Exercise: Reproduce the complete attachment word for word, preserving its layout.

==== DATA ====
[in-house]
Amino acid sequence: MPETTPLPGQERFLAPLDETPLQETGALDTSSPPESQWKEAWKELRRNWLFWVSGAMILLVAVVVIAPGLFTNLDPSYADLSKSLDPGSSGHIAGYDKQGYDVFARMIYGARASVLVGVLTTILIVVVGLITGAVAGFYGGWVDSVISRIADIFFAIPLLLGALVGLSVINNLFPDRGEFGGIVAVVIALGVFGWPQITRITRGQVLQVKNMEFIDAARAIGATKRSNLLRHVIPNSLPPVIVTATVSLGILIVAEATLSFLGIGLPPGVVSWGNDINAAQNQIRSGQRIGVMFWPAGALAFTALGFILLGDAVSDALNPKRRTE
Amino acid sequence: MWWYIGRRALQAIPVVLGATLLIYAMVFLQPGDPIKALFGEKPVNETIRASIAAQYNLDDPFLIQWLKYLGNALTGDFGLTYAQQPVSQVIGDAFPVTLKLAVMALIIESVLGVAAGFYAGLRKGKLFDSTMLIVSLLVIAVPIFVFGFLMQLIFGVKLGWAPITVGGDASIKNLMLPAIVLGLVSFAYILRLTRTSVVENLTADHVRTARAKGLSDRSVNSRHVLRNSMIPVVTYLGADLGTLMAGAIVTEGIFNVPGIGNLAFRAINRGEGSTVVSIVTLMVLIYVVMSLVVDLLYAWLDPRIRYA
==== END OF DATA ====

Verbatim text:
[in-house]
Amino acid sequence: MPETTPLPGQERFLAPLDETPLQETGALDTSSPPESQWKEAWKELRRNWLFWVSGAMILLVAVVVIAPGLFTNLDPSYADLSKSLDPGSSGHIAGYDKQGYDVFARMIYGARASVLVGVLTTILIVVVGLITGAVAGFYGGWVDSVISRIADIFFAIPLLLGALVGLSVINNLFPDRGEFGGIVAVVIALGVFGWPQITRITRGQVLQVKNMEFIDAARAIGATKRSNLLRHVIPNSLPPVIVTATVSLGILIVAEATLSFLGIGLPPGVVSWGNDINAAQNQIRSGQRIGVMFWPAGALAFTALGFILLGDAVSDALNPKRRTE
Amino acid sequence: MWWYIGRRALQAIPVVLGATLLIYAMVFLQPGDPIKALFGEKPVNETIRASIAAQYNLDDPFLIQWLKYLGNALTGDFGLTYAQQPVSQVIGDAFPVTLKLAVMALIIESVLGVAAGFYAGLRKGKLFDSTMLIVSLLVIAVPIFVFGFLMQLIFGVKLGWAPITVGGDASIKNLMLPAIVLGLVSFAYILRLTRTSVVENLTADHVRTARAKGLSDRSVNSRHVLRNSMIPVVTYLGADLGTLMAGAIVTEGIFNVPGIGNLAFRAINRGEGSTVVSIVTLMVLIYVVMSLVVDLLYAWLDPRIRYA